These integrals are very difficult to compute using Monte Carlo integration methods, because it is not known a priori where the important parts of the integral are.
Think of integration as a sampling of the phase space with a given probability of visiting various points.
Select random particle
Displace particle randomly
Compute U’; U=U’-U
If Prob=exp(U/T)<1, accept with Prob
This problem is solved using the “Metropolis algorithm”.
Recall that the MFT solution was a non-linear integral equation, which fails in the strong coupling regime - what to do?
Hypernetted Chain Approximation
We then easily get interesting information.
Such integral equation methods are now well developed, and the HNC approximation is known to be best for long-range-potential problems.
(shown here for Yukawa)
HNC very nearly captures exact solution.
HNC is easily generalized.
Dense hydrogen (electrons plus protons).
Can impurities convert gravitational energy into heat, and thereby slow the cooling?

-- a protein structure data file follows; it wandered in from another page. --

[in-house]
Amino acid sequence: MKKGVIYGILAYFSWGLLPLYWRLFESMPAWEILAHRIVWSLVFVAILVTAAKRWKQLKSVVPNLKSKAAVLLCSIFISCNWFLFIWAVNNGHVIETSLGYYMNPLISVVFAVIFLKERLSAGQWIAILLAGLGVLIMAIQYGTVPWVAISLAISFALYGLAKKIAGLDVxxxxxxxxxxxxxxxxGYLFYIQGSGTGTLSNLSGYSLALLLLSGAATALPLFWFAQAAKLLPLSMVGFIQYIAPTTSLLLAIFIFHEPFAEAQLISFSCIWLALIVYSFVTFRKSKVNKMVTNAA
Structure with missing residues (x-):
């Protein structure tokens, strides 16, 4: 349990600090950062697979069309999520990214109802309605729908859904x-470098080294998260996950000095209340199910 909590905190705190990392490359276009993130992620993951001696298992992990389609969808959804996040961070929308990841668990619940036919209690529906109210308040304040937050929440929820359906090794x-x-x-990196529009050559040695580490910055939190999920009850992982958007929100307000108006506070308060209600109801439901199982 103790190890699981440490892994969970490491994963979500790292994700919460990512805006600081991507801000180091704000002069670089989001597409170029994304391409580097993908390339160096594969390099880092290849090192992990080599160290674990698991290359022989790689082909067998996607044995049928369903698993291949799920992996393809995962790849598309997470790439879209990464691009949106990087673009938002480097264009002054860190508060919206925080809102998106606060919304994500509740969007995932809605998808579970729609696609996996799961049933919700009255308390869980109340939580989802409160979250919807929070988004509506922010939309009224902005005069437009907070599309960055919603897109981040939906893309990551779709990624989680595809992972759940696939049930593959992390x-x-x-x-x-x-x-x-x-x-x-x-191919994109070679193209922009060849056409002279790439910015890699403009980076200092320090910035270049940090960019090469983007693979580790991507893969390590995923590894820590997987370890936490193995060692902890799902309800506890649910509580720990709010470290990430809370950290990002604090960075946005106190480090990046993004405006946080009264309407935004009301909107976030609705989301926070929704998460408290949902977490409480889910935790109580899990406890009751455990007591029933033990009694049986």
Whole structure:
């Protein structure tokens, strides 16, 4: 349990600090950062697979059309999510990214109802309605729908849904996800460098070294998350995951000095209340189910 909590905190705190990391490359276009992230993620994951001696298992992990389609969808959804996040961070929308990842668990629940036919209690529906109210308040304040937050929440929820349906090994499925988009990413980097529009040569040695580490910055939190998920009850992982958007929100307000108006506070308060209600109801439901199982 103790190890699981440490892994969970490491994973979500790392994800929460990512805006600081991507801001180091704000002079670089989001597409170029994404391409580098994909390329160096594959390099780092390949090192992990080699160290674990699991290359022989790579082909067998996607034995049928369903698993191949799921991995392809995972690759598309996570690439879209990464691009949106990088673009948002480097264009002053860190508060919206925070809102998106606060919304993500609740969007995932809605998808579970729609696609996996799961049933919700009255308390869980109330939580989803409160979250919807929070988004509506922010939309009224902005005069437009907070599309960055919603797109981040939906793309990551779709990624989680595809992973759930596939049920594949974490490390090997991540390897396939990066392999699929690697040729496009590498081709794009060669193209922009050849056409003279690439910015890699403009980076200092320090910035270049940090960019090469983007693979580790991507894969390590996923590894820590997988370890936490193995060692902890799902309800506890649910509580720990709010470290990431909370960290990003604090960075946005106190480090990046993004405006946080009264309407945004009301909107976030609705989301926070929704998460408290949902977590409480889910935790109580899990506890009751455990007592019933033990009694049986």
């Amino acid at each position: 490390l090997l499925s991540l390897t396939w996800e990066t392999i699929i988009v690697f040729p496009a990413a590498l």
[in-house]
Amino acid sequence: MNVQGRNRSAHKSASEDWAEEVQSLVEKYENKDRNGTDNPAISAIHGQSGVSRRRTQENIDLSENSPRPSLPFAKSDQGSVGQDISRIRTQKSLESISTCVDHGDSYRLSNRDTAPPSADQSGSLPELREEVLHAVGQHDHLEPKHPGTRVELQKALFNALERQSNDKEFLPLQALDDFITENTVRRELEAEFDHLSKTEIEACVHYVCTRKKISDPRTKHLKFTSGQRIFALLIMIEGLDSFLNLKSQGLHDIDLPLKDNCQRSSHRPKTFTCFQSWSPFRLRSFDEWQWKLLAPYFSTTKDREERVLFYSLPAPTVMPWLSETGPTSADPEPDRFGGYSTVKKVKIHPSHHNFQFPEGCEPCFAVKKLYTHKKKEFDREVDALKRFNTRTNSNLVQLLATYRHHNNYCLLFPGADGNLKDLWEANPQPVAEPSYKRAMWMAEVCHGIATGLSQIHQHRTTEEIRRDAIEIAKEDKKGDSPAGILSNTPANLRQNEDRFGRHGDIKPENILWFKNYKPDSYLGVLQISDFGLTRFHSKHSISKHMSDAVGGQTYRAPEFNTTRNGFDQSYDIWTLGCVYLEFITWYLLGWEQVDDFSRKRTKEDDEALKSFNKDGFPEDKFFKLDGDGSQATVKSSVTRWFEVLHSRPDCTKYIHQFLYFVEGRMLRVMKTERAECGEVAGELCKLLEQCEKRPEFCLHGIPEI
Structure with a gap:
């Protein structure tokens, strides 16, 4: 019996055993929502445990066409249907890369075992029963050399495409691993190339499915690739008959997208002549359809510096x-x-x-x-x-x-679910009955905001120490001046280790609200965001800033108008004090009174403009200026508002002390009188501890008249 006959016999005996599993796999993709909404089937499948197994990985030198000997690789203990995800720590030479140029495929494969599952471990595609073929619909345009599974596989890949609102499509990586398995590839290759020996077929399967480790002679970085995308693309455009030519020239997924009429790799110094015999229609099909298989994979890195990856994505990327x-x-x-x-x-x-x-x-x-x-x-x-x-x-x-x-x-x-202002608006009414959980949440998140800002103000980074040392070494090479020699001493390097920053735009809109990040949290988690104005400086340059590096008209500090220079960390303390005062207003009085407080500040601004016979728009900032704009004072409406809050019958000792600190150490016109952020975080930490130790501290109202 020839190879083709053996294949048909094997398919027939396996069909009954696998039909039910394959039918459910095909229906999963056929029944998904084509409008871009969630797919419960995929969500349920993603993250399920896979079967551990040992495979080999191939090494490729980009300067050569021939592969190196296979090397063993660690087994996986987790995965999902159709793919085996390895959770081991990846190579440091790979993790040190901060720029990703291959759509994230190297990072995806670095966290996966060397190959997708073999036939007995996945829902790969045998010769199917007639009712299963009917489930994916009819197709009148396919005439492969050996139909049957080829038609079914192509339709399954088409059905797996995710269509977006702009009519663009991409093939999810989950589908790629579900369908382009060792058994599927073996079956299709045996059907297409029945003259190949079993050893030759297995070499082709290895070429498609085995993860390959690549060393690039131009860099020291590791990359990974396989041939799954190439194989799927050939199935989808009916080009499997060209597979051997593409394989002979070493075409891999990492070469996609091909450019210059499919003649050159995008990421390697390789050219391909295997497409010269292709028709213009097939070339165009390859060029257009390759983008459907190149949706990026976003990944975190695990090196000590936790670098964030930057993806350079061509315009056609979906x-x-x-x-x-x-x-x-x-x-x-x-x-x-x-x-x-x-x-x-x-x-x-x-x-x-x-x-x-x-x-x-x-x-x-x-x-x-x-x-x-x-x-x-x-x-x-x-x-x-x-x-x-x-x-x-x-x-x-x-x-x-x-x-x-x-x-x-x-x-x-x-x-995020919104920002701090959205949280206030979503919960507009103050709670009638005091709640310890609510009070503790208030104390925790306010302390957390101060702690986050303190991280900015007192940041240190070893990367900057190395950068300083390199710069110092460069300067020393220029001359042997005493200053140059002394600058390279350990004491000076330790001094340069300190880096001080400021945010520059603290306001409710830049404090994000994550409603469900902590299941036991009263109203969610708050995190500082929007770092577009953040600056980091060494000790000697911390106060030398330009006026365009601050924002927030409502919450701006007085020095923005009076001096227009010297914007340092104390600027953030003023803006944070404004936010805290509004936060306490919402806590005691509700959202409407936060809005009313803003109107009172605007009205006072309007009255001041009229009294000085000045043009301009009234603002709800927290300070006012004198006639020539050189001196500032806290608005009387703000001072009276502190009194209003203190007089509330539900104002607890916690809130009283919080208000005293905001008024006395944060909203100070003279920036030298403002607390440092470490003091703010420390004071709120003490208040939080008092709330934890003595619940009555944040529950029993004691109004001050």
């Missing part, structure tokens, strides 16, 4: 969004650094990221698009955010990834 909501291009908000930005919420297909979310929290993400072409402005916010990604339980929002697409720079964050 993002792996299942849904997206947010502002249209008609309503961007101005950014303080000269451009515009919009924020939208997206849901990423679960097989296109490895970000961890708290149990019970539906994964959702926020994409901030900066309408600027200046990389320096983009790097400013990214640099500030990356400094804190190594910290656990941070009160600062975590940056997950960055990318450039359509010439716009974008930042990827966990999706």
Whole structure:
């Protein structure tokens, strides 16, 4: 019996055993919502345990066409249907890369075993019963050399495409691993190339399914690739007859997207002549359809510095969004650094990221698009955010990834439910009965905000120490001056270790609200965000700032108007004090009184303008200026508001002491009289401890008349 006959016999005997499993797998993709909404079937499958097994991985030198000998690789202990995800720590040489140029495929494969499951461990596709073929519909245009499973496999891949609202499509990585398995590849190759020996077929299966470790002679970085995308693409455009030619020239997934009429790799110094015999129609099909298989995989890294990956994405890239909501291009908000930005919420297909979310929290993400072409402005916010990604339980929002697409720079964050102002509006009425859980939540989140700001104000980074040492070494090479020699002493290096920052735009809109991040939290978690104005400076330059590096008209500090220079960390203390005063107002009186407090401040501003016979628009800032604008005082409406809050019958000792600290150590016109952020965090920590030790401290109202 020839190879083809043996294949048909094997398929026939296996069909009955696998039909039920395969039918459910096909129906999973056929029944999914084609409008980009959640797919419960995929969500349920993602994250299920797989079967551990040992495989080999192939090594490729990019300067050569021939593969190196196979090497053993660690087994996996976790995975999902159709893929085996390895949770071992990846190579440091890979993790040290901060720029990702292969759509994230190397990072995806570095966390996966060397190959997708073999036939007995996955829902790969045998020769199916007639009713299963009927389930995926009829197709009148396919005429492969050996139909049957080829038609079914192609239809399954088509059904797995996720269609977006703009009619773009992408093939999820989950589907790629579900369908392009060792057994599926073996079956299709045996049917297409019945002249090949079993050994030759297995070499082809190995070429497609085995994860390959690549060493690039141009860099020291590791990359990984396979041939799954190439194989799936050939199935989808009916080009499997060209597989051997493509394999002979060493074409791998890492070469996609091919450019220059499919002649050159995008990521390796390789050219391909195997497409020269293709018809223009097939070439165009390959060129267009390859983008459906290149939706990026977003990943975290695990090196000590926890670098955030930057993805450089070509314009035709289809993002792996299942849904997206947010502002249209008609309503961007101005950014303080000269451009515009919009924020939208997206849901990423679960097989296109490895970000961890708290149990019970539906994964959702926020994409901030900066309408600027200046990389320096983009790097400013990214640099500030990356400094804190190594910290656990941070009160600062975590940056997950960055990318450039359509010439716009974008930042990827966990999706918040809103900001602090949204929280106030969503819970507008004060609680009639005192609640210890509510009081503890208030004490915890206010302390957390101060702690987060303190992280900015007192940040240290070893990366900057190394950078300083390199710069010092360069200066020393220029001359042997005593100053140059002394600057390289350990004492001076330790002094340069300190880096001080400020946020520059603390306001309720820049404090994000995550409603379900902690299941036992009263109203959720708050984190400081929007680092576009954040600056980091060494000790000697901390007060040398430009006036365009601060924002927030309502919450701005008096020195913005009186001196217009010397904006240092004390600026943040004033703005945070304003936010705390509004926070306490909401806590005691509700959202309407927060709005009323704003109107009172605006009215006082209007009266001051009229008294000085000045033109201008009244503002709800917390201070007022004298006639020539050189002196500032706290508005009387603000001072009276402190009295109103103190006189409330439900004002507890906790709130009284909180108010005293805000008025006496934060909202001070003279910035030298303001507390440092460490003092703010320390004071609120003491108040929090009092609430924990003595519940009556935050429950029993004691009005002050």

Elements with a neutron excess will settle, and there is gravitational energy in 22Ne to affect the overall energy content.
The drift velocity is related to the diffusion coefficient.
Diffusion Coefficient: (velocity autocorrelation function)
Decay depends on pair correlation function.
Decay is not exponential.
Viscosity Coefficient: (stress-tensor autocorrelation function)
Consider the case:
Effects of screening can be found by comparing OCP and Yukawa models:
How can we reconcile these phase diagrams?
We cannot use the usual definition for electrons:
This suggests defining a degeneracy parameter:
Very dense electrons are weakly coupled = easy!
From this perspective, we can define WDM as matter with:
WDM = strongly coupled ions + moderately coupled electrons + dense atomic physics
We can define a “WDM parameter” as:
For a real material, we need to consider ionization.
To estimate W, use a simple Thomas-Fermi model for Z(,T).